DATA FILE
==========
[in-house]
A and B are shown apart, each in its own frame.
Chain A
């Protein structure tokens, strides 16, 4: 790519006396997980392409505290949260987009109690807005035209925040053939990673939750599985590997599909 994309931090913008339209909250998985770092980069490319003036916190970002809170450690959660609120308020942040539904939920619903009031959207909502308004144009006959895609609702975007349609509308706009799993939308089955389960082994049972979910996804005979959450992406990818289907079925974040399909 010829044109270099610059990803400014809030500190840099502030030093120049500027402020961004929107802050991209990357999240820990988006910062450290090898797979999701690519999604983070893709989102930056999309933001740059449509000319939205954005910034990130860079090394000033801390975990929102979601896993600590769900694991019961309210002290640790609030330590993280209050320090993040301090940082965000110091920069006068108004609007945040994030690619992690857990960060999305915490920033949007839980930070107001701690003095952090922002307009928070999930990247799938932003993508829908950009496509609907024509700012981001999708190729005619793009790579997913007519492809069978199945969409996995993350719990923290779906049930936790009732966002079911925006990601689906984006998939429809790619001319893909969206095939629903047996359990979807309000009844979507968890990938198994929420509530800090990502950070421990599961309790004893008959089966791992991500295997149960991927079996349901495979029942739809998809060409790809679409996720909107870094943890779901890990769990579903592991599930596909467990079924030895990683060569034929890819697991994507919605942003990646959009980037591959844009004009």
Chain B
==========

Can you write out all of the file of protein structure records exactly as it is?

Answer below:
[in-house]
A and B are shown apart, each in its own frame.
Chain A
């Protein structure tokens, strides 16, 4: 790519006396997980392409505290949260987009109690807005035209925040053939990673939750599985590997599909 994309931090913008339209909250998985770092980069490319003036916190970002809170450690959660609120308020942040539904939920619903009031959207909502308004144009006959895609609702975007349609509308706009799993939308089955389960082994049972979910996804005979959450992406990818289907079925974040399909 010829044109270099610059990803400014809030500190840099502030030093120049500027402020961004929107802050991209990357999240820990988006910062450290090898797979999701690519999604983070893709989102930056999309933001740059449509000319939205954005910034990130860079090394000033801390975990929102979601896993600590769900694991019961309210002290640790609030330590993280209050320090993040301090940082965000110091920069006068108004609007945040994030690619992690857990960060999305915490920033949007839980930070107001701690003095952090922002307009928070999930990247799938932003993508829908950009496509609907024509700012981001999708190729005619793009790579997913007519492809069978199945969409996995993350719990923290779906049930936790009732966002079911925006990601689906984006998939429809790619001319893909969206095939629903047996359990979807309000009844979507968890990938198994929420509530800090990502950070421990599961309790004893008959089966791992991500295997149960991927079996349901495979029942739809998809060409790809679409996720909107870094943890779901890990769990579903592991599930596909467990079924030895990683060569034929890819697991994507919605942003990646959009980037591959844009004009």
Chain B